Forever Young: How Montana Seniors Are Staying Healthy

March 31, 2016

 

 

 

Billings, Montana March 31, 2016--//mna press//--The dusty stereotype of grandparents spending their 70s and 80s in a nursing home is fading fast, replaced by stories of skydiving seniors and engaged elders contributing to their communities.

 

Today's seniors are considerably healthier and more active than their grandparents, and they are remaining in their own homes far longer than generations past.

 

Of course, healthy eating and daily activity are keys to independent living into advanced age, but researchers also point to less obvious, equally important indicators.

 

These include maintaining a sense of purpose, using the health care system effectively, adapting the home environment and, perhaps most importantly, staying socially active with family, friends, and the community.

 

The combination of healthy lifestyle choices and social engagement is critical to people extending their independent living years, but  nearly 1 million people deal with diabetes, congestive heart failure and other conditions.

 

Aging at home means thinking beyond medications and medical procedures, utilizing the health care system effectively and taking advantage of the tools it offers.

 

As value becomes more important in our health care system, primary care physicians are acting as quarterbacks of their patients' health, overseeing and coordinating all aspects of care, including resources for social engagement and unexpected medication side effects.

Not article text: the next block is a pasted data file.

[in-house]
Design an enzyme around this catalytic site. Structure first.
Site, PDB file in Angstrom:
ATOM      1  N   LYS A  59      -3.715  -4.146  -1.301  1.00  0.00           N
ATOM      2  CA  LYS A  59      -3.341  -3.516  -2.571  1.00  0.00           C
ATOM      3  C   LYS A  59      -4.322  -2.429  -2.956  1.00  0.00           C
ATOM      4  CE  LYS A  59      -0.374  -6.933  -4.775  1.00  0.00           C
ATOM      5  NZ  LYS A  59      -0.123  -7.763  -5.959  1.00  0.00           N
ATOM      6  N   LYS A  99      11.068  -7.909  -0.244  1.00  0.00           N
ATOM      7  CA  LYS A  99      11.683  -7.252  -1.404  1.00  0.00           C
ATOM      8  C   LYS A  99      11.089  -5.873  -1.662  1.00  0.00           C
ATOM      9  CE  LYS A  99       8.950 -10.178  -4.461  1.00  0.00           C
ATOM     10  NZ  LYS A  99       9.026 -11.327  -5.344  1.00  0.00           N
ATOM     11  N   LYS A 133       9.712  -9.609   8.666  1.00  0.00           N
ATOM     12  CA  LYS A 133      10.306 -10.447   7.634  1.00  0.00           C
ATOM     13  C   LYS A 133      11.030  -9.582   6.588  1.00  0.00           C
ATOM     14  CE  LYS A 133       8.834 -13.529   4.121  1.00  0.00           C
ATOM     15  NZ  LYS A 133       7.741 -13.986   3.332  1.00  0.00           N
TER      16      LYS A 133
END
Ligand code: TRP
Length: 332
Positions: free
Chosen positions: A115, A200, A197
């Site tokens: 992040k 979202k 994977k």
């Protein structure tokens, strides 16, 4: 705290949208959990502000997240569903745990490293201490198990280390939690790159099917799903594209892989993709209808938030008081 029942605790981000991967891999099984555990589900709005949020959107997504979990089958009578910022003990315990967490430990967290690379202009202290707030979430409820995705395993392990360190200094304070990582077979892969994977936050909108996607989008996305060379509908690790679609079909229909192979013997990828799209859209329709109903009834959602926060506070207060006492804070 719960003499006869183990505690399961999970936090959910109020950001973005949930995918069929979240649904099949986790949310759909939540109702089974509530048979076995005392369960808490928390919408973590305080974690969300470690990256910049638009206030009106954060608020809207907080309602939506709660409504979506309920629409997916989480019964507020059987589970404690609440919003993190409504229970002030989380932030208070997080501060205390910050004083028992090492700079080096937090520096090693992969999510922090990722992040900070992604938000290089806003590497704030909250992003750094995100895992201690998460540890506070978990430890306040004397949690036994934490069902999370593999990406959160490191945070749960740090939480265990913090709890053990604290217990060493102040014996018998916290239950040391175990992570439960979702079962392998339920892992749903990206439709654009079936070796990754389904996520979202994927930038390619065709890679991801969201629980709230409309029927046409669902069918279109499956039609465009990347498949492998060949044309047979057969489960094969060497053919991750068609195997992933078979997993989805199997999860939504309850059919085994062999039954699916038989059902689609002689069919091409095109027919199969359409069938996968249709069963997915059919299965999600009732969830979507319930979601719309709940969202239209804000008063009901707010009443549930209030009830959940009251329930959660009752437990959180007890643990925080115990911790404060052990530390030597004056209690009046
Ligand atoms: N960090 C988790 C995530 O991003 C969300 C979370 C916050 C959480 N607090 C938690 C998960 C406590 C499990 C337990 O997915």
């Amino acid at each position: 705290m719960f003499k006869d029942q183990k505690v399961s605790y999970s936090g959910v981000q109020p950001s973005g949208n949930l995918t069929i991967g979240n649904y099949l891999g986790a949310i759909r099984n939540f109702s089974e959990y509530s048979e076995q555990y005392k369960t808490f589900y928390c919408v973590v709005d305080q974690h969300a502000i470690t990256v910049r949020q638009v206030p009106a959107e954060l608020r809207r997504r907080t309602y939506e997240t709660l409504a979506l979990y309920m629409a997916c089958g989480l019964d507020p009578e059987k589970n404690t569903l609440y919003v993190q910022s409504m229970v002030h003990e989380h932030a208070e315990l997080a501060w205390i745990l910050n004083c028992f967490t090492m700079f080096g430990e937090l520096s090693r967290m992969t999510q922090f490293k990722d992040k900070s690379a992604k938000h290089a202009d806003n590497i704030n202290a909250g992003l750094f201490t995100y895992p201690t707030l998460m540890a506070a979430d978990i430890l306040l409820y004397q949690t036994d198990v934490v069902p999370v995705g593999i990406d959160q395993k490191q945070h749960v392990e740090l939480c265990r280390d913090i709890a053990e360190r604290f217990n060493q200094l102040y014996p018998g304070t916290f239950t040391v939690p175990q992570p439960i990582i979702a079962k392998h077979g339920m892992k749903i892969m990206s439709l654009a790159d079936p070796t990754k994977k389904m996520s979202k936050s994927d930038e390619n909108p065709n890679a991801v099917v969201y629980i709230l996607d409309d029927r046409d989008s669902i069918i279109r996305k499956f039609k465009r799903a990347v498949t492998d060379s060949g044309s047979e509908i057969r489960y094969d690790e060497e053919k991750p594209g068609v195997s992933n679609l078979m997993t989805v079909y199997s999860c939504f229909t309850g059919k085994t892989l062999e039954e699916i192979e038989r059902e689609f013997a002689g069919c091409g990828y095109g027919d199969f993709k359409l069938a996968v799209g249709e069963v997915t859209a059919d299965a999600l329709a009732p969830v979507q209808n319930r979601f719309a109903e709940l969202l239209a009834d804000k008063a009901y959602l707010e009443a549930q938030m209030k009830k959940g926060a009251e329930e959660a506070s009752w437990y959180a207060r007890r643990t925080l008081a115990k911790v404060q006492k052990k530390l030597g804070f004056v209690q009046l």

Some medications, for example, affect appetite and nutrient absorption. Loneliness and grief can also play a role in malnourishment, leading to additional health issues, which is why it's important to keep in touch with your doctor and let him or her act as an overall health counselor.

 

The health plans people choose also help with successful aging at home. Some plans, for example, include exercise and/or wellness programs.

 

It's also a good idea to consult experts, often found through local senior service agencies, on making homes safer by reducing tripping hazards such as rugs and cords; installing grab bars and hand rails where needed; and improving lighting.

 

 

Today's seniors are considerably healthier and more active than their grandparents, and they are remaining in their own homes far longer than generations past.

 

Of course, healthy eating and daily activity are keys to independent living into advanced age, but researchers also point to less obvious, equally important indicators. These include maintaining a sense of purpose, using the health care system effectively, adapting the home environment and, perhaps most importantly, staying socially active with family, friends, and the community.  This is what Montana Seniors do to stay healthy and active long into their 80's and 90's.

 

 

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